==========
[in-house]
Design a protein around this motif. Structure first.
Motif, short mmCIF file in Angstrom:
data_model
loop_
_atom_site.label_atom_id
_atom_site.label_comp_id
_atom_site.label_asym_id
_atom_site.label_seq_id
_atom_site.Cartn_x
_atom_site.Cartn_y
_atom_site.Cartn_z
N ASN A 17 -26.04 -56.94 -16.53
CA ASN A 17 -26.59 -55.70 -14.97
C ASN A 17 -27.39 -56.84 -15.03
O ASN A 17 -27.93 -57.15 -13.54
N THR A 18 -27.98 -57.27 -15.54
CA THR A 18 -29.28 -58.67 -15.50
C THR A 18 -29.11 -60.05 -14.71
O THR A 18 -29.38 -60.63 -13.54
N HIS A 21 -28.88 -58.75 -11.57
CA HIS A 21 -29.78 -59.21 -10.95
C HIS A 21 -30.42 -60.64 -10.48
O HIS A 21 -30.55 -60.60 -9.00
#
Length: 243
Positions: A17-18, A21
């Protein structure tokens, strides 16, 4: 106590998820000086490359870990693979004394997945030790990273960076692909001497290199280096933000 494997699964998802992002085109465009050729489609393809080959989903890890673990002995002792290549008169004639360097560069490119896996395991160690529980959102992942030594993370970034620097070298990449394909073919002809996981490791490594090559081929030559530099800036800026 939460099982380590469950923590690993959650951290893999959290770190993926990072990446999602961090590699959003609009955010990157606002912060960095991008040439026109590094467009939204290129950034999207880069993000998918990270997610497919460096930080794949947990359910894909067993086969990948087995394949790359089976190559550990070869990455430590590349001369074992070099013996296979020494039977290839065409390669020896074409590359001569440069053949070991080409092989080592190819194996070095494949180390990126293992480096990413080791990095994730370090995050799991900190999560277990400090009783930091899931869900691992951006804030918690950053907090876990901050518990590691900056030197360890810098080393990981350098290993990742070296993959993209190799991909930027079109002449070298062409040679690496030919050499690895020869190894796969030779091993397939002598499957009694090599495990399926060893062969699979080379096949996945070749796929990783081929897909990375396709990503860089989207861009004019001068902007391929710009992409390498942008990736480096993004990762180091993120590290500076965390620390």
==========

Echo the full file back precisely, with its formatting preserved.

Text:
[in-house]
Design a protein around this motif. Structure first.
Motif, short mmCIF file in Angstrom:
data_model
loop_
_atom_site.label_atom_id
_atom_site.label_comp_id
_atom_site.label_asym_id
_atom_site.label_seq_id
_atom_site.Cartn_x
_atom_site.Cartn_y
_atom_site.Cartn_z
N ASN A 17 -26.04 -56.94 -16.53
CA ASN A 17 -26.59 -55.70 -14.97
C ASN A 17 -27.39 -56.84 -15.03
O ASN A 17 -27.93 -57.15 -13.54
N THR A 18 -27.98 -57.27 -15.54
CA THR A 18 -29.28 -58.67 -15.50
C THR A 18 -29.11 -60.05 -14.71
O THR A 18 -29.38 -60.63 -13.54
N HIS A 21 -28.88 -58.75 -11.57
CA HIS A 21 -29.78 -59.21 -10.95
C HIS A 21 -30.42 -60.64 -10.48
O HIS A 21 -30.55 -60.60 -9.00
#
Length: 243
Positions: A17-18, A21
């Protein structure tokens, strides 16, 4: 106590998820000086490359870990693979004394997945030790990273960076692909001497290199280096933000 494997699964998802992002085109465009050729489609393809080959989903890890673990002995002792290549008169004639360097560069490119896996395991160690529980959102992942030594993370970034620097070298990449394909073919002809996981490791490594090559081929030559530099800036800026 939460099982380590469950923590690993959650951290893999959290770190993926990072990446999602961090590699959003609009955010990157606002912060960095991008040439026109590094467009939204290129950034999207880069993000998918990270997610497919460096930080794949947990359910894909067993086969990948087995394949790359089976190559550990070869990455430590590349001369074992070099013996296979020494039977290839065409390669020896074409590359001569440069053949070991080409092989080592190819194996070095494949180390990126293992480096990413080791990095994730370090995050799991900190999560277990400090009783930091899931869900691992951006804030918690950053907090876990901050518990590691900056030197360890810098080393990981350098290993990742070296993959993209190799991909930027079109002449070298062409040679690496030919050499690895020869190894796969030779091993397939002598499957009694090599495990399926060893062969699979080379096949996945070749796929990783081929897909990375396709990503860089989207861009004019001068902007391929710009992409390498942008990736480096993004990762180091993120590290500076965390620390």